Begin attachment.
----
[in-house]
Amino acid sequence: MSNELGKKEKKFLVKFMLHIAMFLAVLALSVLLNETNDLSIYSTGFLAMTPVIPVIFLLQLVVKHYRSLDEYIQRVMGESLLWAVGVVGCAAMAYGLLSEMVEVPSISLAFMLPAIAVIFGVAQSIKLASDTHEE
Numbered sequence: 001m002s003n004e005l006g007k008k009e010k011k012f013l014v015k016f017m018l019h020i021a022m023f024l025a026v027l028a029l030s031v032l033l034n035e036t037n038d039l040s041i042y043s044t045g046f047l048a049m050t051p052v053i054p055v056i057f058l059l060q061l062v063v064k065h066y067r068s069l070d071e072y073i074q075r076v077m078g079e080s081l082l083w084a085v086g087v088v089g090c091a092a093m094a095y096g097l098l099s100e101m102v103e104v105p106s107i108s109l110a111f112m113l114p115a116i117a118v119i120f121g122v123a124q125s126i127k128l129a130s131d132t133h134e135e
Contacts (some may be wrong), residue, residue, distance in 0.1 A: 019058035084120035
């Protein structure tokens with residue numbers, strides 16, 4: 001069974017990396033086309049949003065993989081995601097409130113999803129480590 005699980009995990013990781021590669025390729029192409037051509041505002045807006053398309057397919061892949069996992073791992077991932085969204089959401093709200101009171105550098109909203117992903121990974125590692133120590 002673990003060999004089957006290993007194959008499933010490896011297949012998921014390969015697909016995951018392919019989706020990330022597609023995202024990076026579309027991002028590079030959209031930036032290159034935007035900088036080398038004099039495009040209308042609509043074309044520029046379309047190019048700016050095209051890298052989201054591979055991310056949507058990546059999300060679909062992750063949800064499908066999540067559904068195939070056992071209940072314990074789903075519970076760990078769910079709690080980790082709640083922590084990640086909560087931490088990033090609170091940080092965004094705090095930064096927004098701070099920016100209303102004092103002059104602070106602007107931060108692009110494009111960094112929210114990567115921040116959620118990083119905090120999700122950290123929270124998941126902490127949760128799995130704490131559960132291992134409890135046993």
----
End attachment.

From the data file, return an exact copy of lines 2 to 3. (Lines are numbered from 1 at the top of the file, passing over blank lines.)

Amino acid sequence: MSNELGKKEKKFLVKFMLHIAMFLAVLALSVLLNETNDLSIYSTGFLAMTPVIPVIFLLQLVVKHYRSLDEYIQRVMGESLLWAVGVVGCAAMAYGLLSEMVEVPSISLAFMLPAIAVIFGVAQSIKLASDTHEE
Numbered sequence: 001m002s003n004e005l006g007k008k009e010k011k012f013l014v015k016f017m018l019h020i021a022m023f024l025a026v027l028a029l030s031v032l033l034n035e036t037n038d039l040s041i042y043s044t045g046f047l048a049m050t051p052v053i054p055v056i057f058l059l060q061l062v063v064k065h066y067r068s069l070d071e072y073i074q075r076v077m078g079e080s081l082l083w084a085v086g087v088v089g090c091a092a093m094a095y096g097l098l099s100e101m102v103e104v105p106s107i108s109l110a111f112m113l114p115a116i117a118v119i120f121g122v123a124q125s126i127k128l129a130s131d132t133h134e135e